German Federal Minister of Economics Peter Altmaier believes that everything will be fine: Brexit, the economy, the grand coalition.
Whether Brexit or a trade war with the USA: For Peter Altmaier, the biggest concerns of the German economy have vanished for now.
Increased clarity about Britain’s planned departure from the European Union has helped Germany avert the danger of a recession, Economy Minister Peter Altmaier said in remarks published on Friday.
Altmaier also said he expects trade tensions between the United States and the European Union to ease. Donald Trump and the European Commission have imposed tariffs on traded goods and the U.S. president has threatened to impose levies on European cars and car parts.
“I don’t think that the U.S. president has a big interest in having a trade war with Europe one year before the election,” Der Spiegel quoted Altmaier as saying.
SPIEGEL: Minister, after the British general election it is clear that Brexit will come at the end of January. Does this threaten the German economy with new turbulence, perhaps even a recession?
Altmaier: It doesn’t look like it. The British decision to leave the EU is still unfortunate, but now we have the chance of an orderly Brexit with a contract and a transition period. The EU and the UK now have around a year to reorganise their future relationships. We want Britain to remain an important partner of the EU in the future.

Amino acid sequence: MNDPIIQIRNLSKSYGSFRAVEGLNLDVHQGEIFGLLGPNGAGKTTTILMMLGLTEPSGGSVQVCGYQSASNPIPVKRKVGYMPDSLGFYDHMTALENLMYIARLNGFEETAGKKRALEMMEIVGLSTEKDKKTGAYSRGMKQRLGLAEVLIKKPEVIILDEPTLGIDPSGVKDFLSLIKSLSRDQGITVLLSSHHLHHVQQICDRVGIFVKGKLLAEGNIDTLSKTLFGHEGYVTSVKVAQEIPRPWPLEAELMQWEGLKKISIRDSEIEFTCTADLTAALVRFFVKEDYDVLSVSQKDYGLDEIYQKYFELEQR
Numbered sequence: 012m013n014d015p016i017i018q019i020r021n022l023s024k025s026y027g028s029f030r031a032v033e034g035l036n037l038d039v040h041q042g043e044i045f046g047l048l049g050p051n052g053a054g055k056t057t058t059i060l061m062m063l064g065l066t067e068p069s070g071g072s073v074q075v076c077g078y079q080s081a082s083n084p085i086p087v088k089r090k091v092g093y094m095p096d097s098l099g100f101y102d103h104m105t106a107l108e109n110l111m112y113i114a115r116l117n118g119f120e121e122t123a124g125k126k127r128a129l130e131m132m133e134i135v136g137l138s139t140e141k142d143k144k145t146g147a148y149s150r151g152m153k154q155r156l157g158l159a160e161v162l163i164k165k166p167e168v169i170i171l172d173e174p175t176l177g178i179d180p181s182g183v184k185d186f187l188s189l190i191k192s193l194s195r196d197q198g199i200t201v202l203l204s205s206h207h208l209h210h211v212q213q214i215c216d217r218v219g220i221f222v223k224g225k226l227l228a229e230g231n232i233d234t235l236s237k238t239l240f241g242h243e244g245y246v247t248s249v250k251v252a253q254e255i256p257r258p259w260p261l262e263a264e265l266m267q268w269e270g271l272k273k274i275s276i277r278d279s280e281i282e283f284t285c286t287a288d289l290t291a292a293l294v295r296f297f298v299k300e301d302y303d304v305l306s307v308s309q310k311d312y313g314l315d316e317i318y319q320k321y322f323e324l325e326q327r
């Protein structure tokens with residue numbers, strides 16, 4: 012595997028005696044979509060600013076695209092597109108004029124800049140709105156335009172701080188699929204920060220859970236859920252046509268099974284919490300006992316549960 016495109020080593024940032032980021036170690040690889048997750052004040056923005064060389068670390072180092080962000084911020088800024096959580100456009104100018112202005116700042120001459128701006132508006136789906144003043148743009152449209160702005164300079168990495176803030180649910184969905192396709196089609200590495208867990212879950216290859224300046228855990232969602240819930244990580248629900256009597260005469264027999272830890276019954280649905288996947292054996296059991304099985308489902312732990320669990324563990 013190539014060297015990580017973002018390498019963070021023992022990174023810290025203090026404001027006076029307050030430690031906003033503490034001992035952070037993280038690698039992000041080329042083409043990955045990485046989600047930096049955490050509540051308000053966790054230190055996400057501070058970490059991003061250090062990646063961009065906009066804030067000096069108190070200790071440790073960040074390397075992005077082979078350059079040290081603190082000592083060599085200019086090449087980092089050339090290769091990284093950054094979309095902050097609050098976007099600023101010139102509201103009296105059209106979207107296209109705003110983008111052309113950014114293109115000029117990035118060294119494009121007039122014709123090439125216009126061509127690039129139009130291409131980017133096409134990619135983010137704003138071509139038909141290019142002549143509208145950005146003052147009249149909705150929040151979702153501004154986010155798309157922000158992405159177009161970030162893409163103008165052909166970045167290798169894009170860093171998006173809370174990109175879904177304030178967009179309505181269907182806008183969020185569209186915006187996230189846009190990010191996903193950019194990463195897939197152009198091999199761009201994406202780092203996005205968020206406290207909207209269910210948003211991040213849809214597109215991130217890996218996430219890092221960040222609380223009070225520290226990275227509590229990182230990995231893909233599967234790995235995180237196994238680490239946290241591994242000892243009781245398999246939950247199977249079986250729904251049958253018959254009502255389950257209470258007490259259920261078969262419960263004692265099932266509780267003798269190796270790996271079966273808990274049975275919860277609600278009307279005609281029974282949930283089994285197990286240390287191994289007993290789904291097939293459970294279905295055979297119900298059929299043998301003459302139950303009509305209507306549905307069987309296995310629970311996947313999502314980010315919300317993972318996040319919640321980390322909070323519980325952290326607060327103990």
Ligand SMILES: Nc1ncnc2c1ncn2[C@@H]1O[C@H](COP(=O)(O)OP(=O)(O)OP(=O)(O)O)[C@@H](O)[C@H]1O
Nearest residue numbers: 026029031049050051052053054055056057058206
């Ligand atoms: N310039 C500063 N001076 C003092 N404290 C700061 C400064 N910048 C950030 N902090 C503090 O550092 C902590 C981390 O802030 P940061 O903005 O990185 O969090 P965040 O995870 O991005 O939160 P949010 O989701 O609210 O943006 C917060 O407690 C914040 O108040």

SPIEGEL: Can the negotiations be completed in a year?
Altmaier: We finally have clarity. I know Boris Johnson from my time as Chancellor. He is a highly intelligent politician who is interested in a good relationship with Germany and the EU. So I am not afraid of the negotiations.
SPIEGEL: So far, he has rather given the impression that his Brexit plans are similar
Peter Altmaier heads the Federal Ministry for Economic Affairs and Energy, prior to that he was Minister in the Chancellor’s Office and has been acting Federal Minister of Finance since 24 October 2017. Altmaier has been a Member of the German Bundestag since 1994.